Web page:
Good morning, America! If you missed the GOP presidential debate last night about the economy (well put on by the Washington Post and Bloomberg), here are five pieces from our liveblog coverage with Shortformblog that will tell you all you need to know.
1. By and large, the tone of this debate was far different than the others (JVBrewer, too!). The candidates were seated around a large wooden table, giving the entire thing a more intimate feel.
The moderators did a great job of speeding the questions along, and while Ron Paul and Rick Santorum were hardly well served, the entire evening did feel serious and engaged where some of the other debates felt shlocky and crusted over with social media doodads.
2. Most memorable line of the evening: Herman Cain responding to criticism of his “999 plan.” Or was it Jon Huntsman saying the “999 plan” made him think of a pizza deal? Or was it Jon Huntsman’s daughters laying a Twitter smackdown on Mitt Romney over China?
3. There was a ton of talk about the Federal Reserve. Newt Gingrich kicked it all off with a long diatribe about how Ben Bernanke, former Democratic Senator Chris Dodd and Democratic Congressman Barney Frank (Mass.) are all criminals.
Herman Cain also ripped Bernanke then later said he admired Alan Greenspan, which drew immediate rebuke from Ron Paul ("Alan Greenspan was a disaster") and likely cost Cain with some of the professional, Wall St. Republican set.
4. Everybody is going bananas over “999.” Herman Cain’s tax plan calling for a 9% federal income tax, a 9% sales tax and a 9% corporate income tax was at the center of the debate. There are a number of moving parts here, but if you only take away one thing about it from last night let it be that everybody is going to be taking shots at 999 in the weeks ahead.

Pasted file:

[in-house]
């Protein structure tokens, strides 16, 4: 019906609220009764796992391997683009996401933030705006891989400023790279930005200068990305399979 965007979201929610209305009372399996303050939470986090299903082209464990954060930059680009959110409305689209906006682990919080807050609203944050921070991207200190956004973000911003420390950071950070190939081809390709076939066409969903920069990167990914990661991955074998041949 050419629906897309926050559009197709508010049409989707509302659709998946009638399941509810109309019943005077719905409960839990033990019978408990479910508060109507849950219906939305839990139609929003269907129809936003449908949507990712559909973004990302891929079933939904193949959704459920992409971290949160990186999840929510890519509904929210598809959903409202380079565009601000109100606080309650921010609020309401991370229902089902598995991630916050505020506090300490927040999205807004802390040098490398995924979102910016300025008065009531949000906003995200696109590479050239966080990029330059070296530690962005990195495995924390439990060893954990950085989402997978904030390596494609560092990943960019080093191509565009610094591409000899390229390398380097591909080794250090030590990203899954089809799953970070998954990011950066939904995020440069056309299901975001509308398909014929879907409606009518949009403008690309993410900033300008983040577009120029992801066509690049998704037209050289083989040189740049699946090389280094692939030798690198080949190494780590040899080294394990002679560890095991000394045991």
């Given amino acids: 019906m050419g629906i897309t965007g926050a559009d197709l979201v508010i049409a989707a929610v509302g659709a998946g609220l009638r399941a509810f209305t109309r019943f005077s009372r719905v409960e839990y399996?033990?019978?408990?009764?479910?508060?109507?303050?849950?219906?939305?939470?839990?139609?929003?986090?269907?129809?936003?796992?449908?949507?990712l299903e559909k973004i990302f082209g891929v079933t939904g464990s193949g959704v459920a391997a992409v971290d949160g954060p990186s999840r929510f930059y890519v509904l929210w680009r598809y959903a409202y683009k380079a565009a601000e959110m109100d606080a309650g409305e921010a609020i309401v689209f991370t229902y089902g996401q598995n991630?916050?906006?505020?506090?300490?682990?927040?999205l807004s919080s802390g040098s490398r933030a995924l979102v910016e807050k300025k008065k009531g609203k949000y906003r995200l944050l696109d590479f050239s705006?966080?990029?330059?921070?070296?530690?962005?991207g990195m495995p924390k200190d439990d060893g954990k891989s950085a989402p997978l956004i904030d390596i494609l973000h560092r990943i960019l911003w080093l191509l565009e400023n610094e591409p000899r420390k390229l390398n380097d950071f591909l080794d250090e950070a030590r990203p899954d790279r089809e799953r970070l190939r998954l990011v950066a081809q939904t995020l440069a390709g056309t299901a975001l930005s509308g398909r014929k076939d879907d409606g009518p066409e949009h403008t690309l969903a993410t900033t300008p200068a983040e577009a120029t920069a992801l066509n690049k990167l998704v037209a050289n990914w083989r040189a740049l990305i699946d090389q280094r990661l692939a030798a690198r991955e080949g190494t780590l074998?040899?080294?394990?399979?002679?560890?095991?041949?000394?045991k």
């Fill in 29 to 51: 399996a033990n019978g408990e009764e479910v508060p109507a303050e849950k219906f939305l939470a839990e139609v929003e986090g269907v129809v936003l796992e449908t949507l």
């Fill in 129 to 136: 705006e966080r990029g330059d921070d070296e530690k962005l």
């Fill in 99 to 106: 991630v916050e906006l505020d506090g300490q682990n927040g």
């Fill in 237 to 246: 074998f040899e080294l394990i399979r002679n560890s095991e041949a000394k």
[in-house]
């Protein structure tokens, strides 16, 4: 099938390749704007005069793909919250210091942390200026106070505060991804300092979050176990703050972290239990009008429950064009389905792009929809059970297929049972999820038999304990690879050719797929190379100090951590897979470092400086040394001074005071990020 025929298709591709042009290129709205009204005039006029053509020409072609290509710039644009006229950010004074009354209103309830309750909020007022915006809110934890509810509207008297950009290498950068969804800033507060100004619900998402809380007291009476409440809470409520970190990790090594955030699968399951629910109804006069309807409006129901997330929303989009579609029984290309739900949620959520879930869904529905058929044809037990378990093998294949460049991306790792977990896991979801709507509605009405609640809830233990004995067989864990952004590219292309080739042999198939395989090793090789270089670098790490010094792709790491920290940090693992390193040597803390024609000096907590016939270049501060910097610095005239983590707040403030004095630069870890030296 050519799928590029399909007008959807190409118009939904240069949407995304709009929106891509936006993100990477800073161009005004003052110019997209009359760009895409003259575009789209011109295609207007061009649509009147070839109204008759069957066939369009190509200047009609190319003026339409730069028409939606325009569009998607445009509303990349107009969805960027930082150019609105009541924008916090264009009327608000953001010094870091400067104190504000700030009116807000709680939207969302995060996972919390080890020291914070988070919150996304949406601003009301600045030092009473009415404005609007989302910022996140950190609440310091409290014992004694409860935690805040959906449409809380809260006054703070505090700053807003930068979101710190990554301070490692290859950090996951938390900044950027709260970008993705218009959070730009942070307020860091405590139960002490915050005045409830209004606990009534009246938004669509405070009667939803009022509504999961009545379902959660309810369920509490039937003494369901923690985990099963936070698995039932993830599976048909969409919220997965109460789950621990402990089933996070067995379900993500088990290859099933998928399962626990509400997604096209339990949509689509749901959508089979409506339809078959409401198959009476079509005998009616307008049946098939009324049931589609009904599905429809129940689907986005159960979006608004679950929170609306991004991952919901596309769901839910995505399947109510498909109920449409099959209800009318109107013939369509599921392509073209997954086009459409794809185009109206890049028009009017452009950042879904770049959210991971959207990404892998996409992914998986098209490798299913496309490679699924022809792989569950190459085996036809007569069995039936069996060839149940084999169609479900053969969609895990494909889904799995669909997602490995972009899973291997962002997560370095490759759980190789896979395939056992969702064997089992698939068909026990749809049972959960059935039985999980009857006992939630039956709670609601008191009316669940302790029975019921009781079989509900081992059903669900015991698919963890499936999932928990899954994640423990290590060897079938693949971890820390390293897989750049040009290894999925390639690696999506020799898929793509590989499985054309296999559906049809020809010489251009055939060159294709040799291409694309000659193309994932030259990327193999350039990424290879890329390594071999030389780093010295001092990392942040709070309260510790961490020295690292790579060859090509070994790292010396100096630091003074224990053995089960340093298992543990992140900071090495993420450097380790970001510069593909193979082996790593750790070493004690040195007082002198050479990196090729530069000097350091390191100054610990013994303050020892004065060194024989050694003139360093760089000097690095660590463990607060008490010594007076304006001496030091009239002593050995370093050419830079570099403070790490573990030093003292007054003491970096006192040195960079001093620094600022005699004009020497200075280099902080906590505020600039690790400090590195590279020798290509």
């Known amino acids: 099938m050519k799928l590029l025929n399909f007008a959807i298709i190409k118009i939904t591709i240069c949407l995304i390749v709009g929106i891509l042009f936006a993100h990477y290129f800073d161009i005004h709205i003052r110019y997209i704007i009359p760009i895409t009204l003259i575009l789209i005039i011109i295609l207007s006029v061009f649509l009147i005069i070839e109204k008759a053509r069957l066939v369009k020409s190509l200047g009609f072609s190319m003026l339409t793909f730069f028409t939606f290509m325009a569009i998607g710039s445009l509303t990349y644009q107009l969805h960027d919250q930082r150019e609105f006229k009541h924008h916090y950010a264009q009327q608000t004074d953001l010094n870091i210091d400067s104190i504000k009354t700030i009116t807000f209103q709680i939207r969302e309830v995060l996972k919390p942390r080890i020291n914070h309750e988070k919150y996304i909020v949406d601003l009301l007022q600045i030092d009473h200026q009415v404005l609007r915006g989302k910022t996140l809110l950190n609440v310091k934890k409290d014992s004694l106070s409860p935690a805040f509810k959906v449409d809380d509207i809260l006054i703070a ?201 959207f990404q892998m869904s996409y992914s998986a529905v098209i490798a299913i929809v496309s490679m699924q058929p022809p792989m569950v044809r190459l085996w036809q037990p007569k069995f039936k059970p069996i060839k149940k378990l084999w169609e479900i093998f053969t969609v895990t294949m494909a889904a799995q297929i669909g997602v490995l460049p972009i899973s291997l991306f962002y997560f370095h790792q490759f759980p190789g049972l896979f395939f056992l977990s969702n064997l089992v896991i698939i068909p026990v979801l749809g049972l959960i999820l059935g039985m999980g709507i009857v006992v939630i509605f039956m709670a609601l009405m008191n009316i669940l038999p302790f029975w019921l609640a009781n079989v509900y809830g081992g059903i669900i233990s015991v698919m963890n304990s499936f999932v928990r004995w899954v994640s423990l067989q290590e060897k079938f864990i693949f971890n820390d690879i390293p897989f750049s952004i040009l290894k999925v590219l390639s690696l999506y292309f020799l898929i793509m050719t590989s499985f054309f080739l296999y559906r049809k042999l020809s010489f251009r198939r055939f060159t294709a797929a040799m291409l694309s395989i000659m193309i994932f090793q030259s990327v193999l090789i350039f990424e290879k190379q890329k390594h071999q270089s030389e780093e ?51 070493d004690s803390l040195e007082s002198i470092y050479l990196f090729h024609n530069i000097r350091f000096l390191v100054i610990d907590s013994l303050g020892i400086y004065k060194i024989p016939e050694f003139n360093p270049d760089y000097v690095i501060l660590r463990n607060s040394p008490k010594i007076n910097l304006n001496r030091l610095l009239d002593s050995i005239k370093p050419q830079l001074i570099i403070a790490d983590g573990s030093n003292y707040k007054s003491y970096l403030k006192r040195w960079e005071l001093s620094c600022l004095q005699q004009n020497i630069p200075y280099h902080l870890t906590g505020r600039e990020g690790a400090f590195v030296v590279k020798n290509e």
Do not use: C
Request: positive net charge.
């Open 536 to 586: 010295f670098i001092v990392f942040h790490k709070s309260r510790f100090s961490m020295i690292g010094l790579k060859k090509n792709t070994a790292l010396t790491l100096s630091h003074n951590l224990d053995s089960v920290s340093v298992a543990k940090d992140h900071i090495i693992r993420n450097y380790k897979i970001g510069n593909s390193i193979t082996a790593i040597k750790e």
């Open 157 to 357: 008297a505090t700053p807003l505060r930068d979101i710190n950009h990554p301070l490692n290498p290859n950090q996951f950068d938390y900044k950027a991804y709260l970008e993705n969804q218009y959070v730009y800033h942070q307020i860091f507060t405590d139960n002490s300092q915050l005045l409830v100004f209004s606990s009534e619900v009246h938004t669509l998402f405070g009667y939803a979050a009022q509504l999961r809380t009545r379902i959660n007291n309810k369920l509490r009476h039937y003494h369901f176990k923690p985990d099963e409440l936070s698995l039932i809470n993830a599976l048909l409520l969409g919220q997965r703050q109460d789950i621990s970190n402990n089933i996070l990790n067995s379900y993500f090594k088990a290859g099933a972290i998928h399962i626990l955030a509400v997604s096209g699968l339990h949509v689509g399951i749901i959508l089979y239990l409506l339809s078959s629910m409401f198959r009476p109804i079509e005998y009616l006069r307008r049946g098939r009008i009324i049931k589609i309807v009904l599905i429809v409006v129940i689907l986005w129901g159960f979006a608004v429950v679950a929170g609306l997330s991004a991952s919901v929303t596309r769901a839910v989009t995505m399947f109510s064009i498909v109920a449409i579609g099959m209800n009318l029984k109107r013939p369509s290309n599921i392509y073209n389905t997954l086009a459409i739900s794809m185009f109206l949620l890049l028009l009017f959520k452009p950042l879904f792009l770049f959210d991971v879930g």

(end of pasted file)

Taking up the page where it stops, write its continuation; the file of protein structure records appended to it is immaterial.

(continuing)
The power of Cain’s plan is its simplicity, as the Washington Post writes this morning. But if the devil is in the details, to paraphrase Michele Bachmann’s strange criticism, the next few weeks will be about the details. (The CS Monitor already looked into the details, by the way.)
5. Who won and who lost? In Decoder’s view, Romney, Cain, and to a lesser extent Santorum all comported themselves well and gained from the debate while Perry, who many thought needed to distinguish himself, looked divinely uncomfortable. Shortformblog noted the primary process has gotten to the point “where the winners and losers are the ones who aren’t necessarily flashy, but well-polished and well-studied. Romney made it look easy; he’s well-polished and well-studied.”
The best from around the web:
"I just try to get up every day and do my job, and debates are not my strong suit,” the Texas governor told reporters following a post-debate party at a Dartmouth fraternity house."
Mitt Romney prospers in Republican debate, by Dan Balz, a highly-respected political writer for the Washington Post.
Republicans stretch truth in debate salvos, by Bloomberg.
Rick Perry loses Dartmouth debate, wins Beta house by The Weekly Standard. Apparently, Perry’s best performance of the night was well off camera.
You can find the liveblog of the debate from Andrew Sullivan, he of Newsweek/Daily Beast (and formerly of the Atlantic), here.